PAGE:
Coding and Billing

New Coding & Billing Rules for 2018

By Mark Wright, OD, FCOVD,
and Carole Burns, OD, FCOVD

Feb. 7, 2018

Changes have been made to coding and billing protocol. These are the coding rules that are different this year, and how you should make the changes in how you submit claims for reimbursement.

Every year codes change. Sometimes definitions of codes are changed, sometimes codes are deleted, and sometimes new codes are added. Every year it is important to keep up with the changes so that your coding is appropriate.

ICD-10-CM Changes
The changes for 2018 for ICD-10-CM eyecare coding includes 57 new codes, 25 revised codes and eight deleted codes. A listing of these changes can be found here:

The new codes are for:
• Diabetes mellitus with ketoacidosis
• Degenerative myopia
• Blindness and low vision

The revised codes are for:
• Trichiasis
• Injury of optic tract and pathways
• Injury of visual cortex

The deleted codes are for:
• Blindness and low vision

The Medicare document ICD-10-CM Official Guidelines for Coding and Reporting for FY 2018 has been published. The document states, “These guidelines are a set of rules that have been developed to accompany and complement the official conventions and instructions provided within the ICD-10-CM itself.” In other words, you need to read this document.

CPT Changes
There are no new or deleted CPT codes for optometry for 2018. There are two revised codes for optometry for 2018. The revised codes are 95930 and 0333T. The bolded words are the revisions.

95930 was revised to be: Visual evoked potential (VEP) checkerboard or flash testing, central nervous system except glaucoma, with interpretation and report.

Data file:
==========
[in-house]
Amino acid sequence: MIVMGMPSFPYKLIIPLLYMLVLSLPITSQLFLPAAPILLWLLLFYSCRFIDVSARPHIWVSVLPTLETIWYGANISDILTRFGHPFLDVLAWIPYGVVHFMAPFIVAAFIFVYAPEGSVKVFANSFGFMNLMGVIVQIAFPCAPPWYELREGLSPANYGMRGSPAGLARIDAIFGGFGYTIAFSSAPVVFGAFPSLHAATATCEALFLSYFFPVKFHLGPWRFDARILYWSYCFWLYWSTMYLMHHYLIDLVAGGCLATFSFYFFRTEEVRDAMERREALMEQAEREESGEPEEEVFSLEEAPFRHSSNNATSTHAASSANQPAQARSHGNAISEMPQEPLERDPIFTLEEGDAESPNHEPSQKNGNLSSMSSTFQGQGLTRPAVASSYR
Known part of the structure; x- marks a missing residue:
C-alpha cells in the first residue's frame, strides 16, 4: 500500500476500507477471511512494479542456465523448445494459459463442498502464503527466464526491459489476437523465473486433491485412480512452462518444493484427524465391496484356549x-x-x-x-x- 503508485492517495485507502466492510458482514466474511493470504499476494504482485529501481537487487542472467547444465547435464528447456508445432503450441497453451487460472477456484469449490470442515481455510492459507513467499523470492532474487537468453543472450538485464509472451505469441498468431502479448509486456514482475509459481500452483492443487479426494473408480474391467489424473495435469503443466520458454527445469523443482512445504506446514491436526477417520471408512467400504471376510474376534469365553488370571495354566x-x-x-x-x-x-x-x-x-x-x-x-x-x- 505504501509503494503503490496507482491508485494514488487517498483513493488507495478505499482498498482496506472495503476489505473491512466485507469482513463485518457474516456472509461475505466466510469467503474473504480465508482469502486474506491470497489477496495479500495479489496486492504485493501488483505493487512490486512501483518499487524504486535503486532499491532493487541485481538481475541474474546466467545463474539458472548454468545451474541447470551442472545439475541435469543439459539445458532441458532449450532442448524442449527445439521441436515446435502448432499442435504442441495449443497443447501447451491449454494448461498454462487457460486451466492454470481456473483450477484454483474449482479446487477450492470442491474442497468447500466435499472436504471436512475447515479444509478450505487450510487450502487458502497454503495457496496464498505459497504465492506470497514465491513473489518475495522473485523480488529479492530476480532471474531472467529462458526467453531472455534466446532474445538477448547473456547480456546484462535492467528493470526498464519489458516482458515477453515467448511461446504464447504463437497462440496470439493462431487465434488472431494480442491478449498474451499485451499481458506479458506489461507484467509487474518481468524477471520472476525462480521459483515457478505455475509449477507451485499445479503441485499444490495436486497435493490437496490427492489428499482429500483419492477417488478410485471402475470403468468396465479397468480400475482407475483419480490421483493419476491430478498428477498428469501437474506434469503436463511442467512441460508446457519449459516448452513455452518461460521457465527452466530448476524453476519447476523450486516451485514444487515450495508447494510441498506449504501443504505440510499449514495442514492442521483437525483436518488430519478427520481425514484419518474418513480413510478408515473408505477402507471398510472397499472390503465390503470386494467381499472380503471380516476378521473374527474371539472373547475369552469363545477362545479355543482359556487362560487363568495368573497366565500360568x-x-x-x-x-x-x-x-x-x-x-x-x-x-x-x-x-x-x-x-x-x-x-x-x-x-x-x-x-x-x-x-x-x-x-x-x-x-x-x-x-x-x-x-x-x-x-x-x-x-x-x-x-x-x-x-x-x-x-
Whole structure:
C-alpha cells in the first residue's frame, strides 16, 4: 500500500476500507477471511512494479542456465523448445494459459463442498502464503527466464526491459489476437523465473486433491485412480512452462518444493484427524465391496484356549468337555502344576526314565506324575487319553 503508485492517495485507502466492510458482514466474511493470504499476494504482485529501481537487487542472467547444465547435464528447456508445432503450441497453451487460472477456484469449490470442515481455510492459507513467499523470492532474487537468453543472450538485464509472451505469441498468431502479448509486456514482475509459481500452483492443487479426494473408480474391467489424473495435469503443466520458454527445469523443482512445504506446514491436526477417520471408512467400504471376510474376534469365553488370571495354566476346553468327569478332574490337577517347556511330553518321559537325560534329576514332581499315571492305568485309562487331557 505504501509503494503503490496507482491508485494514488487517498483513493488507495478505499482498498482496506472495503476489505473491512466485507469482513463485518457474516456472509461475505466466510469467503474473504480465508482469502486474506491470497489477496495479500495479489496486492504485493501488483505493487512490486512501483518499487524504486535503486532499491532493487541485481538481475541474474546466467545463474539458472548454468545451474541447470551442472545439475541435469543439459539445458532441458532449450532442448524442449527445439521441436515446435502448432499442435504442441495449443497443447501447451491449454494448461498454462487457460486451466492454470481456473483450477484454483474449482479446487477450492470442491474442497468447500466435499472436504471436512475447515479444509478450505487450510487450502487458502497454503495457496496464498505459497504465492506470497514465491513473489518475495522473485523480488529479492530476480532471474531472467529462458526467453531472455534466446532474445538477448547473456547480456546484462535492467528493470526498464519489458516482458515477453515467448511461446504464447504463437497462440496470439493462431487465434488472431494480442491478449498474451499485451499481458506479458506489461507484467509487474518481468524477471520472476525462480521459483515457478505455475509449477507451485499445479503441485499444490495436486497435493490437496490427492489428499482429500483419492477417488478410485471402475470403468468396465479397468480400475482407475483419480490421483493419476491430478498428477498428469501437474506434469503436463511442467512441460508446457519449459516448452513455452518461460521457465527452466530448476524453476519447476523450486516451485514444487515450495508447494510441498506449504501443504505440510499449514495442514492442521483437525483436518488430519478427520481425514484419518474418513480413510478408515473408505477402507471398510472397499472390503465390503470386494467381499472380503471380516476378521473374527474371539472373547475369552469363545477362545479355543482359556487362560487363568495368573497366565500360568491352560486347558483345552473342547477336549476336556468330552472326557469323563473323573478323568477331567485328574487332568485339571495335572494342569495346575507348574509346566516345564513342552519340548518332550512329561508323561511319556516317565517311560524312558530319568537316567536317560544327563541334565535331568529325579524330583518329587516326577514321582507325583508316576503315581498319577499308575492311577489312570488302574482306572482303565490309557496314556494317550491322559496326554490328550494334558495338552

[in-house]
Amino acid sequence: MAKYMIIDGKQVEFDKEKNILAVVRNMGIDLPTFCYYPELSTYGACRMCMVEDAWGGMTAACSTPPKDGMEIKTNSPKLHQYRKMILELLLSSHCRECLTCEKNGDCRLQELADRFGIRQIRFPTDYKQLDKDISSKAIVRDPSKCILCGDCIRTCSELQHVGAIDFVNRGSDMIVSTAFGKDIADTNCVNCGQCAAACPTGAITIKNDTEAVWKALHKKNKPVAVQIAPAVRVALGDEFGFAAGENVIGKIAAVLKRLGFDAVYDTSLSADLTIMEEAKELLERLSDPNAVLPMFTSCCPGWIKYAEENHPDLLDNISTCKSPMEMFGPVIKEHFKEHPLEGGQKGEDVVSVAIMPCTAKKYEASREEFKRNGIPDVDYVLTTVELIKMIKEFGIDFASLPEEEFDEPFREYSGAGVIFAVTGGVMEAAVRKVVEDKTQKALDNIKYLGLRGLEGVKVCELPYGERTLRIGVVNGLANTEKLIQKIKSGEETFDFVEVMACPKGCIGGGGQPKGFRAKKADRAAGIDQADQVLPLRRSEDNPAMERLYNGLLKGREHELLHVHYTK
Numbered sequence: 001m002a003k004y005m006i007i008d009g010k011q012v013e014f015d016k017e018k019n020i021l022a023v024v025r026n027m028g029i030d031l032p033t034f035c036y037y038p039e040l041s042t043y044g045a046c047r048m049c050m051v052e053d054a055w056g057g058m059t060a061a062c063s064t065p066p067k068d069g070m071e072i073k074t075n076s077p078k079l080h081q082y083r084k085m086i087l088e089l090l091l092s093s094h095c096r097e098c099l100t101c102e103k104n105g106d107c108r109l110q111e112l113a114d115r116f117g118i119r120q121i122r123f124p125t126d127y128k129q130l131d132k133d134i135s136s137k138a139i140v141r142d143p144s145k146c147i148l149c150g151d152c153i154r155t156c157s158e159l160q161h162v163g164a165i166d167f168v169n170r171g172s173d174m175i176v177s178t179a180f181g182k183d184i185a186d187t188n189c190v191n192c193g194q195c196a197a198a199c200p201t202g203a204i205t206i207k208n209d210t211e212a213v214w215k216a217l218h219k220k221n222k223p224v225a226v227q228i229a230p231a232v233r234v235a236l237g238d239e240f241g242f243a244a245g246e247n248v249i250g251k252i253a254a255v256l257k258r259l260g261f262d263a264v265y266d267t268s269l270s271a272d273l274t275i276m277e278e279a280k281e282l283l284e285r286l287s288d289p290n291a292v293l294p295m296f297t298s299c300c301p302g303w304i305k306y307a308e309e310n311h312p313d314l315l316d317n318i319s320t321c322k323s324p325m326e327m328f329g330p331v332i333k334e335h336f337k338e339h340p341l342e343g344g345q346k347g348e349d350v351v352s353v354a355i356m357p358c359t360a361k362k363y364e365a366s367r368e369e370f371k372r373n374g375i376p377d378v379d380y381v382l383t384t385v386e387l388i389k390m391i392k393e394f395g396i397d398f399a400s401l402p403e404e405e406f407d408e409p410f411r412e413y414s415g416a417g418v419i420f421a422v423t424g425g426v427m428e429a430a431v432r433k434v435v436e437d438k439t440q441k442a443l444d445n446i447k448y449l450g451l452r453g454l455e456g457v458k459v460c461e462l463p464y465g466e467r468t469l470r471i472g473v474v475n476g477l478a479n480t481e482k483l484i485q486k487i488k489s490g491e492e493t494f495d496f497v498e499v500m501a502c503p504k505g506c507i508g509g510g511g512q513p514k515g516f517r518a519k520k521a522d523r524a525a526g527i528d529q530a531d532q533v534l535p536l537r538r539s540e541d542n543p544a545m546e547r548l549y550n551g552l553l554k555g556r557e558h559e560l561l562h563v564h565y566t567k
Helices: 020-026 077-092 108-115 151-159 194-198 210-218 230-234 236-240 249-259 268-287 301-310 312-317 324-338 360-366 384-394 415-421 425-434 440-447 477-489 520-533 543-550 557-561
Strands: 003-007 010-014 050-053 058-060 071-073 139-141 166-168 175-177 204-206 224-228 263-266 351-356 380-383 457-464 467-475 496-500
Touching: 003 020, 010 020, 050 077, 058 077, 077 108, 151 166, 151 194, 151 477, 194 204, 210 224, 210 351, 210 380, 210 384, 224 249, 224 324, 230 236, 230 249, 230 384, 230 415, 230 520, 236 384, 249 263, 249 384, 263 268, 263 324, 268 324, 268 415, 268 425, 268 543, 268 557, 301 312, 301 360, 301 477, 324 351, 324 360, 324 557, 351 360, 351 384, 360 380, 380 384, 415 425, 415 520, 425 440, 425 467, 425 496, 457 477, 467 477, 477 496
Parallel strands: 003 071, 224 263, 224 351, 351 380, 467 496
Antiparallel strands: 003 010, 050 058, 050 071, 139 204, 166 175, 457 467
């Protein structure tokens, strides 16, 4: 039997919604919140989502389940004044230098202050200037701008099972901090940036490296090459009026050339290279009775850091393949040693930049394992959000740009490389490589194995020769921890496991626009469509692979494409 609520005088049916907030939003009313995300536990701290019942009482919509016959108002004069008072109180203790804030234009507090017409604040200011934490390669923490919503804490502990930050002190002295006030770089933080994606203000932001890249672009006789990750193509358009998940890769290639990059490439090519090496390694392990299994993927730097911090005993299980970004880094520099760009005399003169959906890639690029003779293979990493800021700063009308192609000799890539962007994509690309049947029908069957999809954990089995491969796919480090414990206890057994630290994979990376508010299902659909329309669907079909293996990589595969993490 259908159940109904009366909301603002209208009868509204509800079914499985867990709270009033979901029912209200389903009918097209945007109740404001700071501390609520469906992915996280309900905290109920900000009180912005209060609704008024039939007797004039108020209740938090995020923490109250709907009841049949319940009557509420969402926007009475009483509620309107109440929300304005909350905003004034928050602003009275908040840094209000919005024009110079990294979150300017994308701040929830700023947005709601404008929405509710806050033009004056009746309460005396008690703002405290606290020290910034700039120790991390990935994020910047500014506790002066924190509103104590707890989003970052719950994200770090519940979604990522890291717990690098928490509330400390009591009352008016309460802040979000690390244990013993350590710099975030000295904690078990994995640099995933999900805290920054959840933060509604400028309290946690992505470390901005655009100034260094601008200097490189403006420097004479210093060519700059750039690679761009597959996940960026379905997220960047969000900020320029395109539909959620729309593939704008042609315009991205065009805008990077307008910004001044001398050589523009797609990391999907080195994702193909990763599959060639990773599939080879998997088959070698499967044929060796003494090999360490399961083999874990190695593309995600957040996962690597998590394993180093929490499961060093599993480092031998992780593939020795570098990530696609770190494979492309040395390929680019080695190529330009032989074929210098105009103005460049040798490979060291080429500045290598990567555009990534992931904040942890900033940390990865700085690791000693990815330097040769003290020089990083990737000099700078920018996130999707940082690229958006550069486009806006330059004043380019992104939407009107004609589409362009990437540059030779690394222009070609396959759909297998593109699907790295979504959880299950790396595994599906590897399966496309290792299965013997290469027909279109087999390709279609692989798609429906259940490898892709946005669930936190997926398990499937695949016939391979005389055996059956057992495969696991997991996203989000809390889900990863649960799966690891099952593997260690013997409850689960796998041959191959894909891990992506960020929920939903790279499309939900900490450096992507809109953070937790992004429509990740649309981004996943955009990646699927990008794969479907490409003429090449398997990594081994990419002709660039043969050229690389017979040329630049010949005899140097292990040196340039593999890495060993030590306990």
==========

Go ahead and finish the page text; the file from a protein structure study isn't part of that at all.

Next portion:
NOTE: If you are using VEPs for glaucoma, you should code the Category III code 0464T which is: Visual evoked potential, testing for glaucoma, with interpretation and report.

0333T was revised to be: Visual evoked potential (VEP), screening of visual acuity, automated, with report.

Since the changes to both codes involves a report, we should review what is needed in a report. A good outline for your report is:

TESTS & RELIABILITY OF THE RESULTS
Reliable
Unreliable

COMPARATIVE DATA (CHANGES SINCE THE LAST TEST)
First test ever done
Improved
Stable
Worsening

CLINICAL MANAGEMENT (IMPRESSION, ASSESSMENT & PLAN)
(Change to the plan as a result of the additional tests)
Remember the documentation rule that if you identify anything as a problem, you must further describe it in words or pictures. This rule applies to your reports as well as your medical documentation.

Follow this outline for your report, and it will contain everything an auditor is looking for in a report.

Education
Every year doctors and billing staff should have at least two hours of continuing education in coding and billing. If you need motivation, remember that it is the doctor who is audited, not the practice. It is the doctor who signed the contract with the providers saying they would code appropriately. It is an unacceptable defense to say that “I didn’t know what my staff was billing over my signature.” It is important to stay current with the changes that occur every year

 

References
https://customer.first-insight.com/downloads/Bulletins/ICD-10-CM-Code-Changes-EyeCare-10-1-17-MaximEyes.pdf
https://www.cms.gov/Medicare/Coding/ICD10/Downloads/2018-ICD-10-CM-Coding-Guidelines.pdf

To Top
  
Subscribe Today Free...
And join more than 25,000 optometric colleagues who have made Review of Optometric Business their daily business advisor.
YOUR EMAIL
FIRST NAME
LAST NAME
  
Subscribe Today Free...
And join more than 25,000 optometric colleagues who have made Review of Optometric Business their daily business advisor.
YOUR EMAIL
FIRST NAME
LAST NAME